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Caught unprepared: the red-alert heat wave in the UK

The episode of extreme hot weather forecast for the first half of next week when the temperature could hit 40 degrees C highlights the changing climate we are all experiencing here and globally. This is also a precursor of what is in store for us in the future. The scientific community has been telling this for many decades now but time and again we are finding ourselves unprepared for such events when they hit us. The signs are loud and clear but the short-term nature of many decisions is prioritising quick gains over long-term sustained wellbeing of the society.

As temperatures rise, the overheated homes are becoming unbearable for the residents. Roads are going to melt, making travelling difficult. Commuters will face train and underground rail disruptions and travelling will be more problematic. Rising demand for water is leading to water scarcity although most part of the country receives sufficient rain throughout the year. The rising temperature is bringing bad news for the power supply network. Higher temperature prompts more energy demand but unusually calm weather is likely to reduce wind power generation. In a situation of energy crisis, the red-alert is aggravating the problem.

The insulated homes, designed for better comfort and warmth in winter months, lack proper ventilation and cooling systems. Even the table fans or pedestal fans are not enough to provide adequate air circulation. People are not complaining much about this issue until now due to limited occurrence of high temperature episodes in an otherwise damp and relatively cold country. But imagine what happens if the hot weather becomes a permanent feature within the next decade. The overheating issue will be a regular feature of our homes and thermal discomfort and heat-related health issues will aggravate, particularly exposing the vulnerable section of the population.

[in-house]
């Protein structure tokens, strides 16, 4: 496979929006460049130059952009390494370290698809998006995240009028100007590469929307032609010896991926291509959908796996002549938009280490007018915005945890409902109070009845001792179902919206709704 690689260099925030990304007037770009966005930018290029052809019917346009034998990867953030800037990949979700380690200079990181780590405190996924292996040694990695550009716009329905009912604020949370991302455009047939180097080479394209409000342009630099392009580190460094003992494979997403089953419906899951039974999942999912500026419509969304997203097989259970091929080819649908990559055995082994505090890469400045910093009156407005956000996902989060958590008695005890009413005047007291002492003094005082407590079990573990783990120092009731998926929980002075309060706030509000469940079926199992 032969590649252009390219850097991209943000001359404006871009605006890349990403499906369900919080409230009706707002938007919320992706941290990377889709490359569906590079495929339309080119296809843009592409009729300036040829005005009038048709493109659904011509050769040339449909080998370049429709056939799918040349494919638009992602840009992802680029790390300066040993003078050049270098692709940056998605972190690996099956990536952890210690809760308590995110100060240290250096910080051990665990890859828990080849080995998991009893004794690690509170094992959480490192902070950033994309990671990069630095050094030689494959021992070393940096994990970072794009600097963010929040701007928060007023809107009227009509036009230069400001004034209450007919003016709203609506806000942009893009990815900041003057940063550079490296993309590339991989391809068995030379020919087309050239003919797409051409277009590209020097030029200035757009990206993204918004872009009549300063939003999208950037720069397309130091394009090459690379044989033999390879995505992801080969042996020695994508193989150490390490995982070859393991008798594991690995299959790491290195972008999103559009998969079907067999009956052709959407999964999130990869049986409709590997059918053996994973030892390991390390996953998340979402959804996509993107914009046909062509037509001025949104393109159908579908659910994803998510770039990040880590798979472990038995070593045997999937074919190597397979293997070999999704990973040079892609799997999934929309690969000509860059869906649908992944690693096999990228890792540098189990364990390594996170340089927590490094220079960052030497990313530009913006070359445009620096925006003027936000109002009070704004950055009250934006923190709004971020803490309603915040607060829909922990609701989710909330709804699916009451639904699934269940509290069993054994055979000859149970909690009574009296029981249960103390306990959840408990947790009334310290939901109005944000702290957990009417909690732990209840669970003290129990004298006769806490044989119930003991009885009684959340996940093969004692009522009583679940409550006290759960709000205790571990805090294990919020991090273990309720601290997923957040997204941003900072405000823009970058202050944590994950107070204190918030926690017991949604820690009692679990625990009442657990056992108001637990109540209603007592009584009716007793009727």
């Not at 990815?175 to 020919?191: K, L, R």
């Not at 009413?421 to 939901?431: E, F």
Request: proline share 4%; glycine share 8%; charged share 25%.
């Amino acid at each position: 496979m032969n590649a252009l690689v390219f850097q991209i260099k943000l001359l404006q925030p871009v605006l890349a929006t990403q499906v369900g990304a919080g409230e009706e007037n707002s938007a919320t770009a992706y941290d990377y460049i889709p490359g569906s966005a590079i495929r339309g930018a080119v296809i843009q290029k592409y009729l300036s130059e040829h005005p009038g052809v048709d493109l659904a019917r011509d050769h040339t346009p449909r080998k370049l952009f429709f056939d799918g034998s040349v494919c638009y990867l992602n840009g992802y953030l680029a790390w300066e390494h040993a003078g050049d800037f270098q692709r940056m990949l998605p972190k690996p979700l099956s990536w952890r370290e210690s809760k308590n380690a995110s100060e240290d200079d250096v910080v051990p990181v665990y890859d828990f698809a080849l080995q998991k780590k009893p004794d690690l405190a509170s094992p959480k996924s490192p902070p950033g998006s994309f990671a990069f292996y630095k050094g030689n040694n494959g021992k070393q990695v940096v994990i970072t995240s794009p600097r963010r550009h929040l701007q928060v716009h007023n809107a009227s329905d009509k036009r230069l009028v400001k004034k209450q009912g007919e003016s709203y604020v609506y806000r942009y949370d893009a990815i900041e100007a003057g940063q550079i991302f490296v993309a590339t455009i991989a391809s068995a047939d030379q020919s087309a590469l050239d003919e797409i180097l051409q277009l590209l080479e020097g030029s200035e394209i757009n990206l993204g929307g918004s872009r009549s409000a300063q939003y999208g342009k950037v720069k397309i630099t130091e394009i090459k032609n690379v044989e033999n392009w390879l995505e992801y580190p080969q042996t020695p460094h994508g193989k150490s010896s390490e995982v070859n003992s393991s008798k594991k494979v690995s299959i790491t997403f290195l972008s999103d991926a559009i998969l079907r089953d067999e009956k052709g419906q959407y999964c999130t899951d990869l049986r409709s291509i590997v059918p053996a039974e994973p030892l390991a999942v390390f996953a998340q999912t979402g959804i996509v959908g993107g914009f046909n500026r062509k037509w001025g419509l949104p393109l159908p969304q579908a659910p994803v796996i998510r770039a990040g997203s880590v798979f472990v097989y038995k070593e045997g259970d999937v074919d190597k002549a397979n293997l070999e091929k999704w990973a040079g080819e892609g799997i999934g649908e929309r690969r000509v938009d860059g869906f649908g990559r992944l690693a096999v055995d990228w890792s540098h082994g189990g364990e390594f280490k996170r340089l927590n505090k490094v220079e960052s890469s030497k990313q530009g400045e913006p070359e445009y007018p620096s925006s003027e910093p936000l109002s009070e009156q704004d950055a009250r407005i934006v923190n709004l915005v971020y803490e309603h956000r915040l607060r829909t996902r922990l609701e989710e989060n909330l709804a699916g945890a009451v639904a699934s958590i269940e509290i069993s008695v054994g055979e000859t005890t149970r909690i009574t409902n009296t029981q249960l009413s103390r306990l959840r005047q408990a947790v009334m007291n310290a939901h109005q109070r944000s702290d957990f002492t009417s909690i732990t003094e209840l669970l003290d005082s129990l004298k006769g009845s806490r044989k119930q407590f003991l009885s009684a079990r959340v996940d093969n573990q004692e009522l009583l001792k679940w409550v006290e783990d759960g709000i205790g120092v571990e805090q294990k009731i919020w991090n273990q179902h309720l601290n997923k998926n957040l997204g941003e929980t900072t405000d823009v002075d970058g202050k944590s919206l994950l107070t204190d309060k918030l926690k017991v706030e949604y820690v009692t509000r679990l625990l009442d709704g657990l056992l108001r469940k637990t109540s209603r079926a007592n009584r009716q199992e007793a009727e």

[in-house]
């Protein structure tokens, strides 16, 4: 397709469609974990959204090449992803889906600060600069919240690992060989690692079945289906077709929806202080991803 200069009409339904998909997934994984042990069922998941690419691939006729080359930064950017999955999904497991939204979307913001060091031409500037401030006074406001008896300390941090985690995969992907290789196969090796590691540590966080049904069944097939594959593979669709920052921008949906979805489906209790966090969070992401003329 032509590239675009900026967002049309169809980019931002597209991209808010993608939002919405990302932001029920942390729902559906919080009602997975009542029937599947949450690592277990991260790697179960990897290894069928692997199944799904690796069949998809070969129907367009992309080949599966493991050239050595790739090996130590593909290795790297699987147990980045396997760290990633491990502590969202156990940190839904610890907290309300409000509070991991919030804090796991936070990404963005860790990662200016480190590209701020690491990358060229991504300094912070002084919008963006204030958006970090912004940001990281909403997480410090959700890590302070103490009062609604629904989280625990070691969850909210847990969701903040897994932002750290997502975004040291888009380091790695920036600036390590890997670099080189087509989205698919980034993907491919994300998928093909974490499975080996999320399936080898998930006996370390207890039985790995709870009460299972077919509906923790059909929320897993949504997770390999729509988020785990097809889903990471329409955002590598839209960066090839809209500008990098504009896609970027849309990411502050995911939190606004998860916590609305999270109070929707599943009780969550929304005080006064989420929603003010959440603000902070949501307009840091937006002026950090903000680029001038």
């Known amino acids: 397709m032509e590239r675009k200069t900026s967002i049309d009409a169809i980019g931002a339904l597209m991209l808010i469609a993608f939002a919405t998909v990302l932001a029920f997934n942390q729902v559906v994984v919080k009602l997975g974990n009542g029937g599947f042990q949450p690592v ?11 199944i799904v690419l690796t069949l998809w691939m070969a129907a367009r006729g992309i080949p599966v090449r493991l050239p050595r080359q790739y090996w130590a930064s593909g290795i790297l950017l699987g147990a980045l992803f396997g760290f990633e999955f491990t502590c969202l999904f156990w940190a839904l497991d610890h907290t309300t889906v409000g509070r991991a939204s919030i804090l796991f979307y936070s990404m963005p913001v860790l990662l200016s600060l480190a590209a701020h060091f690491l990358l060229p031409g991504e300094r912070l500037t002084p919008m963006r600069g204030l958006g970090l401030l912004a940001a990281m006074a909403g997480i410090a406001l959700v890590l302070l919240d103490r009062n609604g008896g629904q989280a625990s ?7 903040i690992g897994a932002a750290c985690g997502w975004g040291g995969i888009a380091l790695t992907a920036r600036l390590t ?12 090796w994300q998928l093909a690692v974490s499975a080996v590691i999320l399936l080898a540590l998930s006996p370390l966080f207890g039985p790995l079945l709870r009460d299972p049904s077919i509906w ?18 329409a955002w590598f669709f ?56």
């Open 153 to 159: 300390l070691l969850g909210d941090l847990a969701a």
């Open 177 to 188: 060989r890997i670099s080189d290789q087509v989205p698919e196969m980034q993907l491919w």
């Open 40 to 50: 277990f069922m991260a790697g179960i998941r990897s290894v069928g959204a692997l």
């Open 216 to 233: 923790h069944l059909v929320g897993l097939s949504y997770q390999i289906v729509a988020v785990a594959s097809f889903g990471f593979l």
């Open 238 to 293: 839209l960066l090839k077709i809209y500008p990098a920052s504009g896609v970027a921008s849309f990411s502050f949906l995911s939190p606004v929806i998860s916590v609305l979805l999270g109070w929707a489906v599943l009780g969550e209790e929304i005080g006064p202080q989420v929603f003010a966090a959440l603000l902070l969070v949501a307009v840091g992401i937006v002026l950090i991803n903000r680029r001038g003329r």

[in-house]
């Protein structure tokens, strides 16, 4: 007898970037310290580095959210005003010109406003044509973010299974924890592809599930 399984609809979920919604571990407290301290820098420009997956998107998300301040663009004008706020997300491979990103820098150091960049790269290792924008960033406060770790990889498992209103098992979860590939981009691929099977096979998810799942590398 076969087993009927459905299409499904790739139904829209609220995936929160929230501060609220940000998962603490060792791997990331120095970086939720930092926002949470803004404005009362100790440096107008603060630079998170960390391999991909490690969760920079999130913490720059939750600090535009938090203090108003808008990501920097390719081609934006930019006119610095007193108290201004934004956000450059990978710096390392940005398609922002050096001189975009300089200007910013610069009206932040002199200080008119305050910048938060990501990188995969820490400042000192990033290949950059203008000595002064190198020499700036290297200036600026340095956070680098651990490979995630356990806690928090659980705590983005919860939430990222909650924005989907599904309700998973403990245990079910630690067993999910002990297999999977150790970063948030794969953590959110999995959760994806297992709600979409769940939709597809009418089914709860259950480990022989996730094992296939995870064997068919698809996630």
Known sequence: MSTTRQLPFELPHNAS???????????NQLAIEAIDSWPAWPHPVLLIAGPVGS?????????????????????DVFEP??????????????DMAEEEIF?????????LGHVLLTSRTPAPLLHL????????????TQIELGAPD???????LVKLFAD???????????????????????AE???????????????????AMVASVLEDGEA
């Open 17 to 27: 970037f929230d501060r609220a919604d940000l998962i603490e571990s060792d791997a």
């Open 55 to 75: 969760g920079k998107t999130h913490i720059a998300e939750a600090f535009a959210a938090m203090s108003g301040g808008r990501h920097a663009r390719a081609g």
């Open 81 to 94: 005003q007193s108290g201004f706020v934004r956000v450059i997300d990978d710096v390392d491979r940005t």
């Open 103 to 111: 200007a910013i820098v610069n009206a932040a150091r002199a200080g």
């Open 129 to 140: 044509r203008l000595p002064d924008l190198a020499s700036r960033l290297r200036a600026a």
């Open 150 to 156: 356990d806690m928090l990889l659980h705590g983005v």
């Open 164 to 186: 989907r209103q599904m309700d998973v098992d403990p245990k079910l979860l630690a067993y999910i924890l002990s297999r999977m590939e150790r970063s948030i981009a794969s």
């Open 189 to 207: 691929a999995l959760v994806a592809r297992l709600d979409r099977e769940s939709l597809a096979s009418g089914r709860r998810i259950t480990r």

The issue is not limited to residences alone. Hospitals, office buildings, commercial buildings, shops and all premises will face the same challenge. The short-term response will be to go for ad-hoc solutions (e.g. air coolers, air conditioners) that will increase energy demand rapidly, and impose further stress on the energy network. This will also increase the energy security concerns during extreme weather conditions, adding further worry of energy disruption and higher energy bills for the society.

The solution lies in taking a holistic perspective. We need to take the climate challenge seriously and addressing the long-term challenge will bring short-term benefits as well.

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